Here’s What’s Happening Between Cuba and Russia

Here’s What’s Happening Between Cuba and Russia

In what looks a lot like a giant bear hug, Russia announced this week that it will offer Cuba 55 bilateral cooperation projects totaling more than $4 billion.

According to Russia’s Deputy Minister of Economics Nikolai Podguzov, “Cuba was offered 55 projects to be implemented in 2016-2020, totaling almost $4 bln,” the Russian deputy minister said after a meeting of the Russian-Cuban Intergovernmental Commission for Trade and Economic, Scientific and Technical cooperation, held in Havana this week.

Other news from the Commission include a report that Russian state-owned firm, RusHydro, has proposed building a network of small hydropower plants in Cuba.

In a related development at the General Conference of the International Atomic Energy Agency (IAEA) this week, Russia and Cuba signed a bilateral agreement on cooperation in the field of nuclear and atomic energy for peaceful purposes.

The agreement, signed by the deputy head of Russia’s Rosatom State Corporation for Atomic Energy Nikolai Spassky and Cuba’s Deputy Science Minister Jose Fidel Santana, creates the groundwork for bilateral cooperation between the two countries in the nuclear field including such areas as radioisotope production and their use in industry, medicine, agriculture, security and environmental research.

Another widely reported area of cooperation includes Russian oil supplies – possibly in exchange for commodities.

2016 – Biotechnology

In September, Russia and Cuba concluded a scientific and technological agreement between the Russia’s Skolkovo Innovation Fund and Cuba’s Biocubafarma.

The Vice president of Skolkovo, Kiril Kaem and the deputy Vice president of Biocubafarma, Educardo Martinez, signed the agreement during the 33 World Conference of the International Association of Technological and Innovations Parks in Moscow.

2015 – Conventional Power Plants & Metals

The Russian government has ratified an agreement to provide generators at Cuba’s Maximo Gomes and Este Habana power plants, among other concessions.

The Maximo Gomes power plant in Mariel municipality will be equipped with a new 200 MW unit, while Este Habana in Santa Cruz del Norte municipality will have three new 200 MW generators installed.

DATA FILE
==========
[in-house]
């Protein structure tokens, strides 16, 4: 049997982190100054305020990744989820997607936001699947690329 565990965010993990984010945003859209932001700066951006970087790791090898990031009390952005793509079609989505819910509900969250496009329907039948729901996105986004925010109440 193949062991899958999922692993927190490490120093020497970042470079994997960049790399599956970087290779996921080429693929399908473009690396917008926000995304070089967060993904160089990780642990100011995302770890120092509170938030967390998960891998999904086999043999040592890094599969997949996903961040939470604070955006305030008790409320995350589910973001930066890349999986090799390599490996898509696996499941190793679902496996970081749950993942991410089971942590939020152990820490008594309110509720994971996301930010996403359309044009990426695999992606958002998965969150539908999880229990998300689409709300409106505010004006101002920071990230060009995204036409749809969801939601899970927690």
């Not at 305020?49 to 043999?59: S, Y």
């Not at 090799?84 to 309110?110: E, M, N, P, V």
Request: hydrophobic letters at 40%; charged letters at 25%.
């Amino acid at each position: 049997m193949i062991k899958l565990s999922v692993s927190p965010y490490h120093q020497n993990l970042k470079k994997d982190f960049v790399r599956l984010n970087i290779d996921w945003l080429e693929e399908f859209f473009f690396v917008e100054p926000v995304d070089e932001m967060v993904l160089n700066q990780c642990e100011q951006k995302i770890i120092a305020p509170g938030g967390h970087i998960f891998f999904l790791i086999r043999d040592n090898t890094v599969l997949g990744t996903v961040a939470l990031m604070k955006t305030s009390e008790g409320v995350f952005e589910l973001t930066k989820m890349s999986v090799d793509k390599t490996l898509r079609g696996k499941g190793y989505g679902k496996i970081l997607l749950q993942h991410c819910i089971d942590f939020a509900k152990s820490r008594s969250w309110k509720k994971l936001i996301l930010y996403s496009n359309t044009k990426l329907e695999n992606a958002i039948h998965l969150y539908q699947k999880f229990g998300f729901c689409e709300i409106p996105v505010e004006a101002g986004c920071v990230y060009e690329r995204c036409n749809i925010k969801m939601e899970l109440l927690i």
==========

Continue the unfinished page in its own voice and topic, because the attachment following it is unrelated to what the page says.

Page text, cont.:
Russia will reportedly loan Cuba approximately $1.3b billion to expand its power generating capacity.  The loan repayment term is reportedly 10-years.800px-Ufa_thermoelectric_plant_3

This agreement with Russia is part of a larger plan announced by Castro to double electricity generating capacity by 2030.

In addition, the Russian Cabinet approved a draft agreement for a credit of $100m to modernize and expand Cuba’s metallurgical plant Antillana de Acero (Empresa Siderúrgica José Martí).  According to Platts, the electric arc plant produced approximately 400,000 t/y in 2008.

The new Russian loan is part of the restructuring of the $32 billion defaulted debt owed to the Soviet Union.  In 2013, Russia agreed to write off 90% of the Soviet debt and open up new credits to Cuba.

According to reports, the remaining 10%, or $3.5b,  is to be reinvested in the Cuban economy.  It is unclear if this new loan represents such a re-investment in Cuba’s economy.

Inter RAO – Export, a subsidiary of Russian energy producer Inter RAO, will partner up with Cuba’s Energoimport, itself part of Union Electrica of Cuba. Union Electrica is a Cuban state energy company with a total capacity of 3.7gw specializing in electricity generation, transmission and distribution.

According to Alfredo Lopez, Minister of Energy and Mines, wind energy is the focus of an effort to generate 24% of its electricity from renewable sources by 2030. Reportedly, Cuban officials are planning to attract more than $600m in foreign investment to finance construction of renewables.

Here’s What’s Happening Between Cuba and Russia was last modified: September 30th, 2016 by Simons Chase

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